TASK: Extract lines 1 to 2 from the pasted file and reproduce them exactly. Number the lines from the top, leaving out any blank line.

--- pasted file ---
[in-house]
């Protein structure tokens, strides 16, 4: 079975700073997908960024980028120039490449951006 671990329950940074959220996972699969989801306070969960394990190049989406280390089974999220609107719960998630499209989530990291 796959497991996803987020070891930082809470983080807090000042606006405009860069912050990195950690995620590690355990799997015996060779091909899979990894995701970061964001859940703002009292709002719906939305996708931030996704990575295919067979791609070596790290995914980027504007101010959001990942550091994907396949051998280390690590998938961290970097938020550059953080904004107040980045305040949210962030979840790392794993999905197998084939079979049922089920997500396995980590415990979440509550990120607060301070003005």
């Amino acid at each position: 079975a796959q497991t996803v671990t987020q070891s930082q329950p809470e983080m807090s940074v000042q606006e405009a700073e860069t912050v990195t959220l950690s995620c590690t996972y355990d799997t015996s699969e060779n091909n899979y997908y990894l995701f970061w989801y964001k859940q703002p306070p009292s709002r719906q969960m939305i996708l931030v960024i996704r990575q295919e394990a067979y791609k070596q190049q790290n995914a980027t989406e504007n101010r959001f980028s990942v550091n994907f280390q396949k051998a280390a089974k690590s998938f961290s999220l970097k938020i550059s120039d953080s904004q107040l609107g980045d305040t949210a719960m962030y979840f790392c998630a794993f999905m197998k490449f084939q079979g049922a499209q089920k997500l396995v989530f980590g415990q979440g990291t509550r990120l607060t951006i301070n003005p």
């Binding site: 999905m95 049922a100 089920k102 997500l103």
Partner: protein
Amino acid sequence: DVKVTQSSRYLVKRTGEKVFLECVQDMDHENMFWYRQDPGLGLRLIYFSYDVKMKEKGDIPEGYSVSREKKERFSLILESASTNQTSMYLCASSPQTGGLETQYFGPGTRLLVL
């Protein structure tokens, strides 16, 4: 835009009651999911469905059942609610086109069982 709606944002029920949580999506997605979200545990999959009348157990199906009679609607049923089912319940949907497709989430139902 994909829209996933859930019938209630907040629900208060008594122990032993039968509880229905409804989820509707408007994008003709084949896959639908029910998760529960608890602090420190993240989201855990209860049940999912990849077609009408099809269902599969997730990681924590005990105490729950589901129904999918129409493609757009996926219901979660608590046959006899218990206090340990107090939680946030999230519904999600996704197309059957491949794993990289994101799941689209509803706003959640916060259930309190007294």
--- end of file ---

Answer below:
[in-house]
């Protein structure tokens, strides 16, 4: 079975700073997908960024980028120039490449951006 671990329950940074959220996972699969989801306070969960394990190049989406280390089974999220609107719960998630499209989530990291 796959497991996803987020070891930082809470983080807090000042606006405009860069912050990195950690995620590690355990799997015996060779091909899979990894995701970061964001859940703002009292709002719906939305996708931030996704990575295919067979791609070596790290995914980027504007101010959001990942550091994907396949051998280390690590998938961290970097938020550059953080904004107040980045305040949210962030979840790392794993999905197998084939079979049922089920997500396995980590415990979440509550990120607060301070003005």